WASHINGTON — Despite growing tensions in Afghanistan, including a U.S. soldier allegedly shooting 16 civilians and troops accidentally burning copies of the Koran, President Obama will not accelerate removal of military forces in the region, the White House said Tuesday.

“This president is committed to ending the war in Afghanistan responsibly,” White House Press Secretary Jay Carney said.

The administration will remove the 33,000 “surge” troops by mid-September, but beyond that no specific drawdown numbers or timetables have been discussed, Carney said.

More than a year ago, the U.S. and NATO agreed to remove coalition troops from the region by the end of 2014, but Carney said recent reports to speed up the process are completely “false.”

A U.S. soldier allegedly shot and killed 16 Afghan villagers Sunday, but Carney did not offer any more information about the suspect’s identity. He said only that the military is conducting an “ongoing investigation.”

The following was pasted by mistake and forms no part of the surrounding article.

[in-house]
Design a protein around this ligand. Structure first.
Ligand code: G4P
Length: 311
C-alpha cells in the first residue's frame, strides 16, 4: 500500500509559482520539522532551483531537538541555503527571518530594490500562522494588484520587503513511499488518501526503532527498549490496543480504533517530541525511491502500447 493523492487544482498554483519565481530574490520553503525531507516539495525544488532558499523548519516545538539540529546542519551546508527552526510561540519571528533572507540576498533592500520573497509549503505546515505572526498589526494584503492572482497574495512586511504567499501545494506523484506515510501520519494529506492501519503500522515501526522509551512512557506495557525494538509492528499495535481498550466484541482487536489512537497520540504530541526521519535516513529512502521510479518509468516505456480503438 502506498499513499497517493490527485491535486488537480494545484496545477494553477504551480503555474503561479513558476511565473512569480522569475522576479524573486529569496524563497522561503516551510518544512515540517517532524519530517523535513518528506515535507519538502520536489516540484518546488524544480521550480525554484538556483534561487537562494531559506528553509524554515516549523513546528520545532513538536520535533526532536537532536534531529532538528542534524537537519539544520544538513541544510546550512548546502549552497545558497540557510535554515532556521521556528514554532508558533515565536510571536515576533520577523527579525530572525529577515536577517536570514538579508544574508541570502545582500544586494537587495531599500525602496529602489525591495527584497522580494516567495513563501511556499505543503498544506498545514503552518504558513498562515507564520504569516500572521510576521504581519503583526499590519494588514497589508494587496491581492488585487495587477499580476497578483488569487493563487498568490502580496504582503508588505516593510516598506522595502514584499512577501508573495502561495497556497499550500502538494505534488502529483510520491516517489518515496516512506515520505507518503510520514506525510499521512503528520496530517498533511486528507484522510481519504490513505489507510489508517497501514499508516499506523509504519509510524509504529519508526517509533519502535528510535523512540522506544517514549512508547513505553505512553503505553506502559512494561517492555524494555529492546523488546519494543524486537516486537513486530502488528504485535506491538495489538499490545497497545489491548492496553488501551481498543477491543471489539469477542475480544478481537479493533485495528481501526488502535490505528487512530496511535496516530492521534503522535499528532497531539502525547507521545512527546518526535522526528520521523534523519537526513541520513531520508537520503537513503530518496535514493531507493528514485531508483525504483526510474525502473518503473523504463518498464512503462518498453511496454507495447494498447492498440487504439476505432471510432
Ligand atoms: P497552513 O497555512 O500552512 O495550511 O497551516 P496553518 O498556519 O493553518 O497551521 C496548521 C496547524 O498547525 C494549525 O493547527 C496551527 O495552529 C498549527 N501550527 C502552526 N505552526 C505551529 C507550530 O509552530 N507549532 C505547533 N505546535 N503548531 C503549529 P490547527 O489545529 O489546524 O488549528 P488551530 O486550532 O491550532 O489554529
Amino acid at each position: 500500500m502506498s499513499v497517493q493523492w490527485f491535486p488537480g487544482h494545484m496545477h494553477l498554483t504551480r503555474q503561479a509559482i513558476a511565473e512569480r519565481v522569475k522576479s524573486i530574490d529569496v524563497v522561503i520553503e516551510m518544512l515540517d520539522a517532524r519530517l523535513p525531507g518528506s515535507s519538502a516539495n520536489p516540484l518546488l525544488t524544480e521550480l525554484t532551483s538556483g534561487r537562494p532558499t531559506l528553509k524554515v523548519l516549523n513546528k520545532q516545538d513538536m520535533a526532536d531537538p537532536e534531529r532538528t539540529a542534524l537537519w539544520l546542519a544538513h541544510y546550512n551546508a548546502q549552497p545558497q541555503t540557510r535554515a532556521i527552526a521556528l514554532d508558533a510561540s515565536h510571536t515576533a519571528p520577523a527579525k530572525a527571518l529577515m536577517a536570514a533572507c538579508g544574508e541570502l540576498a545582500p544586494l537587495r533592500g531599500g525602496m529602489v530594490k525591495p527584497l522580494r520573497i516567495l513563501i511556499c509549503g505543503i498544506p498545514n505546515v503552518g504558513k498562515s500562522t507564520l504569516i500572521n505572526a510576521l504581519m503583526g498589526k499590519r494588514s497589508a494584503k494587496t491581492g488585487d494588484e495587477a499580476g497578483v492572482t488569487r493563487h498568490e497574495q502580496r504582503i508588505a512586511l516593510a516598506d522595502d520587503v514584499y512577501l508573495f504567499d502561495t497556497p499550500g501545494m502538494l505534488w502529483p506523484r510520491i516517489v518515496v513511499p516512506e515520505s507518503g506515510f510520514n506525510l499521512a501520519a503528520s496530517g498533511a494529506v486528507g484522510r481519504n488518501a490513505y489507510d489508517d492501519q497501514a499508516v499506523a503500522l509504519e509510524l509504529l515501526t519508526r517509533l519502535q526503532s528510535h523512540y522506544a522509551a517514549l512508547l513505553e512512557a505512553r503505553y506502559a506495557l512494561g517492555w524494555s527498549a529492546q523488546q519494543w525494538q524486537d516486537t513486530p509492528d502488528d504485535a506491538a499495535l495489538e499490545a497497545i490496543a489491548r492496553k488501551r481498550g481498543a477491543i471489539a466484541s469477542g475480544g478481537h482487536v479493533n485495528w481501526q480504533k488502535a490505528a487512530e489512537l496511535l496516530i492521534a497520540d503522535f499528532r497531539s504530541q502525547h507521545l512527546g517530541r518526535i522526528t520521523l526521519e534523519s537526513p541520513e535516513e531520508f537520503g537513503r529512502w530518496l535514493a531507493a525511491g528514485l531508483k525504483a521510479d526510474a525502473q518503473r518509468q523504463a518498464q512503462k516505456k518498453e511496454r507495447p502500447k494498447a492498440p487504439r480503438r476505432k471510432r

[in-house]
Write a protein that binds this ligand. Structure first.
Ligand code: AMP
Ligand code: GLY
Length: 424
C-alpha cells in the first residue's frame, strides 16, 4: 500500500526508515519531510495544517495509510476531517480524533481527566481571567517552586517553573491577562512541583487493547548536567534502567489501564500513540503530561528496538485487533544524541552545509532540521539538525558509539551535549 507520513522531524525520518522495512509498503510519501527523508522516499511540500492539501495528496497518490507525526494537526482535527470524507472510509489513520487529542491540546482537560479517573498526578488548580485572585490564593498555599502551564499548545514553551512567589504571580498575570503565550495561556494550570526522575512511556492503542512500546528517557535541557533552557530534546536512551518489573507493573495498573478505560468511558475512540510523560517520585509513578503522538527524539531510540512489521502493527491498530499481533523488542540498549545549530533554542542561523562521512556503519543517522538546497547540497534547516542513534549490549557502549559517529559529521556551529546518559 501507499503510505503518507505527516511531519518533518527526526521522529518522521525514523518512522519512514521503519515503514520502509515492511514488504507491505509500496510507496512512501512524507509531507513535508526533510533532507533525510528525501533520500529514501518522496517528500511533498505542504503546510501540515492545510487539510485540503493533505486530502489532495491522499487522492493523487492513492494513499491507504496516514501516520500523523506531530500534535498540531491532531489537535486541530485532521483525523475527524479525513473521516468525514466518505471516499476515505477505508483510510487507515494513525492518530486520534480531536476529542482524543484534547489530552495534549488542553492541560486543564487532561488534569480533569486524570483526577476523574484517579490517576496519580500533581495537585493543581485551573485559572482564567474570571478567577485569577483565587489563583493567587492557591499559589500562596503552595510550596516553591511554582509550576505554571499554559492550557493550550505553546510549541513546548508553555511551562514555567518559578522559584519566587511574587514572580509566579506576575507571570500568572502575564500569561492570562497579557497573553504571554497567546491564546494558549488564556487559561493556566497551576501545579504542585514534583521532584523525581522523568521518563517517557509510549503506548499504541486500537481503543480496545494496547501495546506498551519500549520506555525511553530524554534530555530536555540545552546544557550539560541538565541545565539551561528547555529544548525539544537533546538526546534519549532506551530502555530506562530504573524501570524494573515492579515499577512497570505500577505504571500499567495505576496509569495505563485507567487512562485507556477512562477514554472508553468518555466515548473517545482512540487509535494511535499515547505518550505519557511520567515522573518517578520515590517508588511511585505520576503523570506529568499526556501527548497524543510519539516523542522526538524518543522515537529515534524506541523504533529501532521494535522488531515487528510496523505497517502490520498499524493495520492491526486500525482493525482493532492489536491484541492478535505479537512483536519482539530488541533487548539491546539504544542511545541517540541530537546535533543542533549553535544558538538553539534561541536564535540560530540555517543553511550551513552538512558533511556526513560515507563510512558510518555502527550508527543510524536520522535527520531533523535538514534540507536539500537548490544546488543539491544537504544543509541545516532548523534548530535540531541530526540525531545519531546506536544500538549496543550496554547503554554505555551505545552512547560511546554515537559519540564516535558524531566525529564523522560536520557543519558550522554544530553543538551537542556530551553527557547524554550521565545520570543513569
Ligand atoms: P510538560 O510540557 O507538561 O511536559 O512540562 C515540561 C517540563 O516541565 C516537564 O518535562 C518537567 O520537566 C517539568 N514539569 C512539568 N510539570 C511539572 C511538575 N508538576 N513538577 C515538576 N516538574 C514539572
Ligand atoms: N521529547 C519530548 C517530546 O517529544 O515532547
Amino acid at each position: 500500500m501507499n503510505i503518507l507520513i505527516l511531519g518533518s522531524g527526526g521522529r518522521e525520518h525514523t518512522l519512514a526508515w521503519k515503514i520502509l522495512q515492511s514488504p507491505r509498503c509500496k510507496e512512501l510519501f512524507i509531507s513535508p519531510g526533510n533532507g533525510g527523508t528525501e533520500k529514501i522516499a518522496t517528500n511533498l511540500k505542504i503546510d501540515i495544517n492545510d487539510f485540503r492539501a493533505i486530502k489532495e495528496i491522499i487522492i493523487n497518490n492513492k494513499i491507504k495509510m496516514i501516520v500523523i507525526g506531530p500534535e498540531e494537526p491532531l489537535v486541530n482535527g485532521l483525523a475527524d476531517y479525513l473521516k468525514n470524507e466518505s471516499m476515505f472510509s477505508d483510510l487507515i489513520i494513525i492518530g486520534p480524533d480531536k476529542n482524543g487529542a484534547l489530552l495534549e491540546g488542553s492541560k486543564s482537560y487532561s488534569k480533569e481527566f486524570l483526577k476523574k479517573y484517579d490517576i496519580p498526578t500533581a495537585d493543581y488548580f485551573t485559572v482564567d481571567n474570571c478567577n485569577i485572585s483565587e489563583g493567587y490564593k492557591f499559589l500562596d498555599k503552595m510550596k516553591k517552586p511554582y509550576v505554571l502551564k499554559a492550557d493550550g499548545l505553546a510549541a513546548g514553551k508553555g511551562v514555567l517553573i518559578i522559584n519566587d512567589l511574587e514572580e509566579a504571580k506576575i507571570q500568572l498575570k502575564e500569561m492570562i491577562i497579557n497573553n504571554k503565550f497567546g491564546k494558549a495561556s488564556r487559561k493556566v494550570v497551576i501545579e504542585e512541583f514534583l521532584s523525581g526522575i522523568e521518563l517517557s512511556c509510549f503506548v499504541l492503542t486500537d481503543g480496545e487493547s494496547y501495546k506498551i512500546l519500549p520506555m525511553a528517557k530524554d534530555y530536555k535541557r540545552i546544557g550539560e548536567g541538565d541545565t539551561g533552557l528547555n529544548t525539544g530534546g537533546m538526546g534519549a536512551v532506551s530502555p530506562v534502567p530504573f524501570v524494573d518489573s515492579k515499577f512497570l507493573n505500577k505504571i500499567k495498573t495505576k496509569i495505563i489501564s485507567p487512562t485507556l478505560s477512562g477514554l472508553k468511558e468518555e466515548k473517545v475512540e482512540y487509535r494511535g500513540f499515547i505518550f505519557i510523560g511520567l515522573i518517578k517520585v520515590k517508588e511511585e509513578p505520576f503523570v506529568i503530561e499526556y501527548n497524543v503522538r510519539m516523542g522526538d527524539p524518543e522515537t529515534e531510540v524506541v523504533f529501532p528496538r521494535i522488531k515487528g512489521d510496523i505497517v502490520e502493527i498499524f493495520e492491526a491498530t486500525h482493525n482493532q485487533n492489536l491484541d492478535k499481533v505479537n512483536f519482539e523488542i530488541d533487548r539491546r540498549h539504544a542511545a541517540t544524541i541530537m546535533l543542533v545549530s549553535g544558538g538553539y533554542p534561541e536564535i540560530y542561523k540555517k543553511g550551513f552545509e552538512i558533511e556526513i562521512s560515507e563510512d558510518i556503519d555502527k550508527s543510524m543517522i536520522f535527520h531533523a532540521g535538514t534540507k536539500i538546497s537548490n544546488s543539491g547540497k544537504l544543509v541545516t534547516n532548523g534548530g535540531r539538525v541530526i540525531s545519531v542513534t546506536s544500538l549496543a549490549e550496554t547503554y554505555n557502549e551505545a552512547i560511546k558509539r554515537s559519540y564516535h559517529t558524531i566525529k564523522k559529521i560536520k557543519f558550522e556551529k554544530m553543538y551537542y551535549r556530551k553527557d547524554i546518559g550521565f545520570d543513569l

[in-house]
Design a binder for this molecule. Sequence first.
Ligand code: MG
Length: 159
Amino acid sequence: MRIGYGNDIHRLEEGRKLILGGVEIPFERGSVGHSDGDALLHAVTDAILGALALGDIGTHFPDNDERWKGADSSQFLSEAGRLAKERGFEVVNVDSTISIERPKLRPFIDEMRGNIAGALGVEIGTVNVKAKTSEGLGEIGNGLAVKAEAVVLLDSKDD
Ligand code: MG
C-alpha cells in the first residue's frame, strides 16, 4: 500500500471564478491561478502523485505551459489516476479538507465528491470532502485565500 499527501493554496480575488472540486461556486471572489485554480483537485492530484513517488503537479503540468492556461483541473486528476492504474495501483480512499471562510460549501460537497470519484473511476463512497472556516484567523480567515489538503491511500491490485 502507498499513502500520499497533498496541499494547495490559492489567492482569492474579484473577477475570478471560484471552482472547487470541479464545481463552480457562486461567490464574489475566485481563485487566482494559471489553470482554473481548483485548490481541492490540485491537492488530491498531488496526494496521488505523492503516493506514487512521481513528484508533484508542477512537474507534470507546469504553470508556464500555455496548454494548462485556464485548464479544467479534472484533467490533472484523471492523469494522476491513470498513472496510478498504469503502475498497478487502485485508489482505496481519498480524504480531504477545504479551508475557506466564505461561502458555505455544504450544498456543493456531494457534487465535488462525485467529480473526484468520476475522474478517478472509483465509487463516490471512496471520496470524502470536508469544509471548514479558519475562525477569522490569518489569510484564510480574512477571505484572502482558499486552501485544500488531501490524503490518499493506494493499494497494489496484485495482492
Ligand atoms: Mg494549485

At a White House news conference earlier Tuesday, President Obama said he was “heartbroken” to hear the news of the Afghan deaths.

“The United States takes this as seriously as if it was our own citizens and our own children who were murdered,” Obama said.  “The killing of innocent civilians is outrageous and it’s unacceptable.  It’s not who we are as a country and it does not represent our military.”

Even with this tragic incident, Carney said the U.S. will still focus on its “number one priority” in Afghanistan, which is to remove al-Qaeda and make Afghanistan secure.

When asked if there has been internal discussion about specific troop reduction, Carney said he does not know everything talked about around the “water cooler.” But he said nothing “official” has been brought up.

Carney said the U.S. is scheduled to meet with NATO again in the near future and the process to bring  troops home will be discussed.  But the spokesman said, “There is not now and there will not be an announcement of a number or a troop withdrawal schedule.”

Widespread protests have started in Afghanistan, and the Taliban have promised to “avenge” the shooting spree.